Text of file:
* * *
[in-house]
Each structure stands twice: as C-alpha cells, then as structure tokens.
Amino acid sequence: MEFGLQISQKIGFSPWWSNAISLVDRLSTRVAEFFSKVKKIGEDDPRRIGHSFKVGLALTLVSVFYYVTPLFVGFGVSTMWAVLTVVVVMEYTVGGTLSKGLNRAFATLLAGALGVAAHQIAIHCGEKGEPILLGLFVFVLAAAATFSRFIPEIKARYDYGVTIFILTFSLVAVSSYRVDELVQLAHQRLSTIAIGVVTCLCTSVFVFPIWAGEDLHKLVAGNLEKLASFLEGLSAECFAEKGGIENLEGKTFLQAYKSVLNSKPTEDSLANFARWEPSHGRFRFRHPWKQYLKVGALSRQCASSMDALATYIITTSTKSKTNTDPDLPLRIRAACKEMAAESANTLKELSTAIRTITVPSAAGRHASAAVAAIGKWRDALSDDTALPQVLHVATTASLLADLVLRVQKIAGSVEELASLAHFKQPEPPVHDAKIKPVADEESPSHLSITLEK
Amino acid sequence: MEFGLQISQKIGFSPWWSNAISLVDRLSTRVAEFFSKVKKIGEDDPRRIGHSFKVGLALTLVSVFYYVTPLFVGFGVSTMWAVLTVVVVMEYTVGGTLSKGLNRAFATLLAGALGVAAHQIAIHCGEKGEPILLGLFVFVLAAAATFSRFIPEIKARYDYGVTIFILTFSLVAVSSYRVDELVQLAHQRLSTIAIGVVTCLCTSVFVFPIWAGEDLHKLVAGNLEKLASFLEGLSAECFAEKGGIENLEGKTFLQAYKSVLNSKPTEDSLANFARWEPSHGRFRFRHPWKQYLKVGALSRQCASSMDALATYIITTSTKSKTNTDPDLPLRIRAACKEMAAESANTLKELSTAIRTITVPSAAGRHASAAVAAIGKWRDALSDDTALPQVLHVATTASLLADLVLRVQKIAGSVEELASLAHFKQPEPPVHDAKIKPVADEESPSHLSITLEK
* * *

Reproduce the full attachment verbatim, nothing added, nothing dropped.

[in-house]
Each structure stands twice: as C-alpha cells, then as structure tokens.
Amino acid sequence: MEFGLQISQKIGFSPWWSNAISLVDRLSTRVAEFFSKVKKIGEDDPRRIGHSFKVGLALTLVSVFYYVTPLFVGFGVSTMWAVLTVVVVMEYTVGGTLSKGLNRAFATLLAGALGVAAHQIAIHCGEKGEPILLGLFVFVLAAAATFSRFIPEIKARYDYGVTIFILTFSLVAVSSYRVDELVQLAHQRLSTIAIGVVTCLCTSVFVFPIWAGEDLHKLVAGNLEKLASFLEGLSAECFAEKGGIENLEGKTFLQAYKSVLNSKPTEDSLANFARWEPSHGRFRFRHPWKQYLKVGALSRQCASSMDALATYIITTSTKSKTNTDPDLPLRIRAACKEMAAESANTLKELSTAIRTITVPSAAGRHASAAVAAIGKWRDALSDDTALPQVLHVATTASLLADLVLRVQKIAGSVEELASLAHFKQPEPPVHDAKIKPVADEESPSHLSITLEK
Amino acid sequence: MEFGLQISQKIGFSPWWSNAISLVDRLSTRVAEFFSKVKKIGEDDPRRIGHSFKVGLALTLVSVFYYVTPLFVGFGVSTMWAVLTVVVVMEYTVGGTLSKGLNRAFATLLAGALGVAAHQIAIHCGEKGEPILLGLFVFVLAAAATFSRFIPEIKARYDYGVTIFILTFSLVAVSSYRVDELVQLAHQRLSTIAIGVVTCLCTSVFVFPIWAGEDLHKLVAGNLEKLASFLEGLSAECFAEKGGIENLEGKTFLQAYKSVLNSKPTEDSLANFARWEPSHGRFRFRHPWKQYLKVGALSRQCASSMDALATYIITTSTKSKTNTDPDLPLRIRAACKEMAAESANTLKELSTAIRTITVPSAAGRHASAAVAAIGKWRDALSDDTALPQVLHVATTASLLADLVLRVQKIAGSVEELASLAHFKQPEPPVHDAKIKPVADEESPSHLSITLEK